Sometime after privatization, the residential compound was renamed, Baoping. Old and small, the residential compound is no longer upscale housing. Instead, most of the homes are shared rentals (合租), in which each bedroom is rented out and then the kitchen, bathroom, and living spaces are shared. Continue reading
Thursday last, I walked Old Hubei Village with Chen Ting, an architectural graduate student with an interest in the landscape of Shenzhen’s state-owned industries. A walk around the train station and then through the Dongmen pedestrian street brought us across the Dongmen pedestrian overpass to the complex neighborhood where Hubei Villages Old and New abut the Luohu Culture Park, crumbling 80s factories, and 90s high-rises and one of the oldest Shenzhen food-streets eased into dusk. Impressions below:
A translation of a 天涯深圳网 post, this time about a woman boss who set herself on fire to protest having her rental property revoked (罗湖文锦广场物管收回物业女老板自焚).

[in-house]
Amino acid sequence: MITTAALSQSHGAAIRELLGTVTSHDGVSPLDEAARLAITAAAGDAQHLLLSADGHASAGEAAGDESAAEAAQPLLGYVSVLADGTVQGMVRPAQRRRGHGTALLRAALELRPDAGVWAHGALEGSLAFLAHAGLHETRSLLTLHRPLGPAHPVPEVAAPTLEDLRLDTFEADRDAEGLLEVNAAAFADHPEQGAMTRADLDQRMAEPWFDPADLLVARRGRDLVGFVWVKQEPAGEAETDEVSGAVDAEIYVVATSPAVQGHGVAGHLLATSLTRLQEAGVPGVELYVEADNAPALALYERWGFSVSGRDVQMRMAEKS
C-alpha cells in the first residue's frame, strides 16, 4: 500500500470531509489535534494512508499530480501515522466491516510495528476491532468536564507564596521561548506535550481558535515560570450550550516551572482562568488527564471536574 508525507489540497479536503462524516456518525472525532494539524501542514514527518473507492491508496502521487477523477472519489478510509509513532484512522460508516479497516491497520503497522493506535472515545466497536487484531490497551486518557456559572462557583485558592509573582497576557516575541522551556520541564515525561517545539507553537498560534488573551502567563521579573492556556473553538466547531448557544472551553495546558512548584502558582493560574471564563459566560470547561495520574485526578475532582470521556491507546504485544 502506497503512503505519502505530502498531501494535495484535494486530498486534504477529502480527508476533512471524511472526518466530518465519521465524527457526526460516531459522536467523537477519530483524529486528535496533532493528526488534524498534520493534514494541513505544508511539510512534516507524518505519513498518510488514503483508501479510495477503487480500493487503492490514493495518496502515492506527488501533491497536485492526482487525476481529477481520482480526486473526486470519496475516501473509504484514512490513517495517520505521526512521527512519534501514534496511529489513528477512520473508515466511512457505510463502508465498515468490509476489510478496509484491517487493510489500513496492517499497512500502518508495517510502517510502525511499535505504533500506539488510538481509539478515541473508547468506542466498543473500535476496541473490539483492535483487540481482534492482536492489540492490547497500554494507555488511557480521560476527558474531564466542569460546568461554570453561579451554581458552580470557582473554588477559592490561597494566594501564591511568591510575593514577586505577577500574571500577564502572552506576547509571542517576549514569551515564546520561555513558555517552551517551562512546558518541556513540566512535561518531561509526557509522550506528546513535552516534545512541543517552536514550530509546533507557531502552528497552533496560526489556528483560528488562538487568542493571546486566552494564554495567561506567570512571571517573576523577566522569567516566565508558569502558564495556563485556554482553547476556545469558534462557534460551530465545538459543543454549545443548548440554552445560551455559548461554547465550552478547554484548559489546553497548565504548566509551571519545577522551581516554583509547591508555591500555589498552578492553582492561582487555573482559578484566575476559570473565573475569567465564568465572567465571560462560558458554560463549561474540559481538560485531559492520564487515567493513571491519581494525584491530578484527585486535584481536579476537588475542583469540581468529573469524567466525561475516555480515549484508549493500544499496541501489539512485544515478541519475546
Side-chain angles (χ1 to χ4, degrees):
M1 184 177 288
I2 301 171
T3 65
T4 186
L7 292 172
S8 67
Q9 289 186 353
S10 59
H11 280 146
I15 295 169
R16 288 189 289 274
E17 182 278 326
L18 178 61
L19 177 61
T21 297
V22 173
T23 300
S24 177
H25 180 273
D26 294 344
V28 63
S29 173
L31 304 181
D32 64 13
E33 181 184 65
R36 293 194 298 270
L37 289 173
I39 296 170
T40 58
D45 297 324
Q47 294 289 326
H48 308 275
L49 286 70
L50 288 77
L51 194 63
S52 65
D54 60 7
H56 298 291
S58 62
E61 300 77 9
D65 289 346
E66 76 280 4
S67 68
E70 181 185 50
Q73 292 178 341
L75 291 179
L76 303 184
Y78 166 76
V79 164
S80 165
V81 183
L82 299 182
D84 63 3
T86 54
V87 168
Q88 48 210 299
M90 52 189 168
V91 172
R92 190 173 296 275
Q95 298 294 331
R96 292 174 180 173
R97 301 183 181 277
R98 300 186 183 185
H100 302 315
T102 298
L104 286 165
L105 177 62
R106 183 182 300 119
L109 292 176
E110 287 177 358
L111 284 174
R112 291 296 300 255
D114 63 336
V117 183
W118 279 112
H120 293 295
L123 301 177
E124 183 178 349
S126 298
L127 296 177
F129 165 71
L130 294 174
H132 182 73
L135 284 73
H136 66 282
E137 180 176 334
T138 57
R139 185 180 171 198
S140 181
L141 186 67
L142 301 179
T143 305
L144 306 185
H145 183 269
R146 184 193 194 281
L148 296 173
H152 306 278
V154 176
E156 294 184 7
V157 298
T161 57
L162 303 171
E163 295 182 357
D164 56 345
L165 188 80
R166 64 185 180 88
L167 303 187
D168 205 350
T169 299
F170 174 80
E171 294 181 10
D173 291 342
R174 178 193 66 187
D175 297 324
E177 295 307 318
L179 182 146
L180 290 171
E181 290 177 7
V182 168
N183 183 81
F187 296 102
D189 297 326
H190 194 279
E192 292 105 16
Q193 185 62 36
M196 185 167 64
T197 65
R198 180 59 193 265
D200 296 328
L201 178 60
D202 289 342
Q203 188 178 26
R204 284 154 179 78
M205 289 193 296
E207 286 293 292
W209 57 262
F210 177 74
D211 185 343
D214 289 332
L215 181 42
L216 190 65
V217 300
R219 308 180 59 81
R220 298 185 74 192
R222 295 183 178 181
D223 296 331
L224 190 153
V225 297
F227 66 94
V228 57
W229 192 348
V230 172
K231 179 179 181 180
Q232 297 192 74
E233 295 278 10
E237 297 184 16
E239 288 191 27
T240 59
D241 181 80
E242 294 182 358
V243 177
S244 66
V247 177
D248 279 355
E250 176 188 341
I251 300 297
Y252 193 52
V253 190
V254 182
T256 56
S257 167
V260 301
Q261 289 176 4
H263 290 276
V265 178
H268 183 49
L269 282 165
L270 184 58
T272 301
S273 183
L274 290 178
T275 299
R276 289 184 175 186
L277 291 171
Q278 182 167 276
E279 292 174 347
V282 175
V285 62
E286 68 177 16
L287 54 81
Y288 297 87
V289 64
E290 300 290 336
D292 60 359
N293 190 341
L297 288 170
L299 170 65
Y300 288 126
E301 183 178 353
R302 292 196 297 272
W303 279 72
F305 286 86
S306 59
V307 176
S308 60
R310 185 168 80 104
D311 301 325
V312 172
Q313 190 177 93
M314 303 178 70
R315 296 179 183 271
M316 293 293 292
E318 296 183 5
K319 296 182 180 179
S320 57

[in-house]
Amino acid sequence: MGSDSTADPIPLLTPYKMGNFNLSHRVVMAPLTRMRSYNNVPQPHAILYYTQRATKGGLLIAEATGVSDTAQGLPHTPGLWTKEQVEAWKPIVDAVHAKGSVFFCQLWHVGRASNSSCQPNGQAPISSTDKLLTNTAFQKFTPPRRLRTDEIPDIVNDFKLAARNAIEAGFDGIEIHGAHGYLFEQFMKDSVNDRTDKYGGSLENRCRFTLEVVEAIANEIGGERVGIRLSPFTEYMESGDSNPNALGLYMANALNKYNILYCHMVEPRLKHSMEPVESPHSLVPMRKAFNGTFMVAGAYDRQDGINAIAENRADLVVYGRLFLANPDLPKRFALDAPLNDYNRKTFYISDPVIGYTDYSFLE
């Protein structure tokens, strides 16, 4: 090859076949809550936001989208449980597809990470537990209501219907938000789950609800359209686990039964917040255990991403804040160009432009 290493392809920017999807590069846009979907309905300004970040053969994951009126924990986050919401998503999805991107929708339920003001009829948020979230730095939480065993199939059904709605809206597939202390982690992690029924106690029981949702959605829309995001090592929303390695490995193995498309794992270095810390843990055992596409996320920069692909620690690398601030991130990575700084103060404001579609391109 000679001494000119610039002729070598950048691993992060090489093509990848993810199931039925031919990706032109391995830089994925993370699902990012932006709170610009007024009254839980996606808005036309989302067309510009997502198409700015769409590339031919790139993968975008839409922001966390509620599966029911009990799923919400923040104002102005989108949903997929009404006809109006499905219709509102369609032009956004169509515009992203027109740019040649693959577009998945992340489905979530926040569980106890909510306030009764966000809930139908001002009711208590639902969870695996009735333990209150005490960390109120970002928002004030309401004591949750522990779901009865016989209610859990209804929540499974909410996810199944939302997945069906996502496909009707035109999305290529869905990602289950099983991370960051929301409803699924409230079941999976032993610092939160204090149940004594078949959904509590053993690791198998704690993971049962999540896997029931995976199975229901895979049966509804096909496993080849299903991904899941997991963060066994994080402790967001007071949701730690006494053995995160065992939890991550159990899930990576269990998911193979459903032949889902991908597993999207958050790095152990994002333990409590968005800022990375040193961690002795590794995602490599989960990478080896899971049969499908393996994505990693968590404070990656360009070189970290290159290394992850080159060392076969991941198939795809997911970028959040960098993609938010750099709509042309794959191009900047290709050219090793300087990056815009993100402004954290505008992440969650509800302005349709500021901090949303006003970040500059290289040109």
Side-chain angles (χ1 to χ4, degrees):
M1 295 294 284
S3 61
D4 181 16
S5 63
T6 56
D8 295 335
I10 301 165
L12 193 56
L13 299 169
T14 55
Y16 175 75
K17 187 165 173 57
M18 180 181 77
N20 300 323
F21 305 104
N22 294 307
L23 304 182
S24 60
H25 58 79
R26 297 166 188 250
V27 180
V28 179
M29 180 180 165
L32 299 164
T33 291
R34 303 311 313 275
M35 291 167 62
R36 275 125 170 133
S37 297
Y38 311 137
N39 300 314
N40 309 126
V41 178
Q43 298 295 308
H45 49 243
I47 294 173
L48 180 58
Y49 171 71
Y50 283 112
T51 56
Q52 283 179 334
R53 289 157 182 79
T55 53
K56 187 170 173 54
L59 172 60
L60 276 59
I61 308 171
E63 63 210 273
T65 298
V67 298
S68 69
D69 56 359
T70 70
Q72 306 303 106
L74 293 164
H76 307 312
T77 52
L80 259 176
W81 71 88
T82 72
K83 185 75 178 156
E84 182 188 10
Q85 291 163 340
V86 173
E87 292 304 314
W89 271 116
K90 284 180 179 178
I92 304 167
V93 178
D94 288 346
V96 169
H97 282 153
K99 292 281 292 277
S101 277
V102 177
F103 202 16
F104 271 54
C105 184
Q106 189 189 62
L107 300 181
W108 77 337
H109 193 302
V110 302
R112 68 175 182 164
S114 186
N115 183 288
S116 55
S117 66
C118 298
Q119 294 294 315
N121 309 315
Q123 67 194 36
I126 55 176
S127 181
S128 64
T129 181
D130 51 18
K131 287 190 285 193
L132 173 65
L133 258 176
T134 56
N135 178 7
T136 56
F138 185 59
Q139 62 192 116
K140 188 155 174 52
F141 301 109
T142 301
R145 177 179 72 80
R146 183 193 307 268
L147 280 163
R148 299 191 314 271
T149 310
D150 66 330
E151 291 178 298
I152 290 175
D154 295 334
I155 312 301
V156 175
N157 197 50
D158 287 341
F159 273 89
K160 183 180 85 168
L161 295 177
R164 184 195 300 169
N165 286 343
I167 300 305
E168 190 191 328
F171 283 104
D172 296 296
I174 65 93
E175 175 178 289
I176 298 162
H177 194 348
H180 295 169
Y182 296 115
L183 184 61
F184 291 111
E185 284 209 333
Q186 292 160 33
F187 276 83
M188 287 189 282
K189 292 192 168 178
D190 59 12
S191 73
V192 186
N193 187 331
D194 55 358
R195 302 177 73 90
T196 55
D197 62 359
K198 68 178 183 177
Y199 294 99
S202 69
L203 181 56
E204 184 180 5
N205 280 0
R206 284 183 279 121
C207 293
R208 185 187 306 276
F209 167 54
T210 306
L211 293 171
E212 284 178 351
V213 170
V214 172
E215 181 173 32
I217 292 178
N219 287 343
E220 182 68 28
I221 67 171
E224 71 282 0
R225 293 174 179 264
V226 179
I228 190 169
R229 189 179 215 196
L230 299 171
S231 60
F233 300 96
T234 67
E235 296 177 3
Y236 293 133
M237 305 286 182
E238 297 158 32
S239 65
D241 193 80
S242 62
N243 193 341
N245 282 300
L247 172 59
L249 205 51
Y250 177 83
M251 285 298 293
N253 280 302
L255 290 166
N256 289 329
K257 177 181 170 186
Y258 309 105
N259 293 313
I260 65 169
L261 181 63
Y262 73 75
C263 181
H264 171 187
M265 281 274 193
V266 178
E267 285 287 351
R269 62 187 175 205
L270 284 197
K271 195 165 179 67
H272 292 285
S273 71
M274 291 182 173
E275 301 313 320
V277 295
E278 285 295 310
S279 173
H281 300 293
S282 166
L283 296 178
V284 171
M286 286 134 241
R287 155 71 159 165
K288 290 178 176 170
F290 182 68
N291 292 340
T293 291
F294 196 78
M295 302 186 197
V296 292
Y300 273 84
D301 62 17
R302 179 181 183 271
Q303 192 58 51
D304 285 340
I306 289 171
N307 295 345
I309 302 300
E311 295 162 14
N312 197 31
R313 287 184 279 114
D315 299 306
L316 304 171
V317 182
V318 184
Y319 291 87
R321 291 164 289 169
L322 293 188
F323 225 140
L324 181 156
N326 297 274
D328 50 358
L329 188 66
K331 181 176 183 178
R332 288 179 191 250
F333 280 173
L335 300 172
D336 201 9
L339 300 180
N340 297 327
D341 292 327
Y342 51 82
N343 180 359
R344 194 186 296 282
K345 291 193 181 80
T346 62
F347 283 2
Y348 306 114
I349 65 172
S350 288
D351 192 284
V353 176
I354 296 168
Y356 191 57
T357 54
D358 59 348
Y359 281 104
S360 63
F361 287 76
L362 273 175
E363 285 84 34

A Woman Boss sets herself on fire after the luohu wenjin plaza Property Management revokes her property by Nanfang Reporter, Feng Lei (南都记者丰雷 — 南方都市报)
Yesterday afternoon (January 12, 2012), Ms. Zou of Eastern Fengming Children’s Training, which is located on the 4th Floor, Building A of Luohu Wenjin Plaza set herself on fire to protest that the Plaza’s Property Management Firm had suddenly ended her rental contract, leaving her with over 2 million investment that cannot be recovered. At the moment of crisis, the Tianbei Fire Department and Plaza Management Firm came. According to the Management Firm, the contract stated that when the property owner needed to reclaim the property, then the renter would have to leave. According to Ms. Zou, the Property Management Firm was not the property owner and therefore has no right to evict her from the premiss. Continue reading